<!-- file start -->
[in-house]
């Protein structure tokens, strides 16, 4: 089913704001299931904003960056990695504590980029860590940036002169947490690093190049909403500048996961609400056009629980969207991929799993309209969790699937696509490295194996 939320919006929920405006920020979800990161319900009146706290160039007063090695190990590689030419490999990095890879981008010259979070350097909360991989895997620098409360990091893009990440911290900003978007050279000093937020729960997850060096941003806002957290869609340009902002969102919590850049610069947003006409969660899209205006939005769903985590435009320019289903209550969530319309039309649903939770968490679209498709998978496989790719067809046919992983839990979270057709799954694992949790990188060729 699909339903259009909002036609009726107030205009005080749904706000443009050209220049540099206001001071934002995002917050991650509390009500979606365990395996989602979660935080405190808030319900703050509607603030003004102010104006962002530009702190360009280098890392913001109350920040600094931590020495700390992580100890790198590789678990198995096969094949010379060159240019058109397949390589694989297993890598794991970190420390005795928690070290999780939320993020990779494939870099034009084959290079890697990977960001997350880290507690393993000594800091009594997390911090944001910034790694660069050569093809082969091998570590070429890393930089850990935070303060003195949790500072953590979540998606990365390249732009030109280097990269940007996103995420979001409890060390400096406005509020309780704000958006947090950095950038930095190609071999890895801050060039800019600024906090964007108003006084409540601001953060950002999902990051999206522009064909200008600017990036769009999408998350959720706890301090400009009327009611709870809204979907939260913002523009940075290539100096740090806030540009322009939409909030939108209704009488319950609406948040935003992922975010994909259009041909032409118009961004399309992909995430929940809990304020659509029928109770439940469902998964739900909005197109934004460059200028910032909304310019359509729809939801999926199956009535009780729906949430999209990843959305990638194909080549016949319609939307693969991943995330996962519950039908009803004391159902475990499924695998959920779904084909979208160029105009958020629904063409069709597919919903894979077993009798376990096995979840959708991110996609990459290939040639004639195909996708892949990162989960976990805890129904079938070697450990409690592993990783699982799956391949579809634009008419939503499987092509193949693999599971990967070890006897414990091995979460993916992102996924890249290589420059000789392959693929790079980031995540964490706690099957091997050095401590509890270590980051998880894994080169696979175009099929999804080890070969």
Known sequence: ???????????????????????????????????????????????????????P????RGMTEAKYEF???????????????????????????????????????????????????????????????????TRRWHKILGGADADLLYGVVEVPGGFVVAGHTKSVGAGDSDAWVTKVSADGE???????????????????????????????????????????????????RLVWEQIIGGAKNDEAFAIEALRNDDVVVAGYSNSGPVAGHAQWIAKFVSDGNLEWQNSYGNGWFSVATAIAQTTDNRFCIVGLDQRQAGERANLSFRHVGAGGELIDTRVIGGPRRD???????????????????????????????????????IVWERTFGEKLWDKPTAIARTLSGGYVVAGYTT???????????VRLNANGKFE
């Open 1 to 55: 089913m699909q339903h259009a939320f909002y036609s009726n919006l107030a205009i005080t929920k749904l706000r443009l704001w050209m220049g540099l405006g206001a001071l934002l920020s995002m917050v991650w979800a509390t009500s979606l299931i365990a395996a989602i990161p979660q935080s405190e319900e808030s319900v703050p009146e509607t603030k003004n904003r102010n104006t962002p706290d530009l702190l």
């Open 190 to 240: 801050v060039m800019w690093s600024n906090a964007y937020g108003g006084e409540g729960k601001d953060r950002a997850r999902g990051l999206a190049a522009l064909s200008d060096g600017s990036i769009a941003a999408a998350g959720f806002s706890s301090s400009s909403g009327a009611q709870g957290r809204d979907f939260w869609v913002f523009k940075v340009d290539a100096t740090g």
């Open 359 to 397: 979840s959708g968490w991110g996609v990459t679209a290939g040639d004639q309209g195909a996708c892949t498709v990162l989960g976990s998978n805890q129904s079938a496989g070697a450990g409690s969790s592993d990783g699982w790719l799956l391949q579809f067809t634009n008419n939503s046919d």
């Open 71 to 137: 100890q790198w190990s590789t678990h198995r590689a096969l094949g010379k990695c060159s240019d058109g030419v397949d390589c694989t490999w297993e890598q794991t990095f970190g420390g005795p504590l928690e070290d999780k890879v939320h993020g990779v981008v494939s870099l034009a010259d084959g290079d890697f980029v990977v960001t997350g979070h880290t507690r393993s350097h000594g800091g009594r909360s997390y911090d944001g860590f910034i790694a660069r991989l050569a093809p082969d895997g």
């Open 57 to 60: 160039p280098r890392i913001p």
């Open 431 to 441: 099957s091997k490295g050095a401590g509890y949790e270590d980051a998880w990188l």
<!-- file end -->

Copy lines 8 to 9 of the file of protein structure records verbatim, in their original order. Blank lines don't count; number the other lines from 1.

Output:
């Open 57 to 60: 160039p280098r890392i913001p």
């Open 431 to 441: 099957s091997k490295g050095a401590g509890y949790e270590d980051a998880w990188l």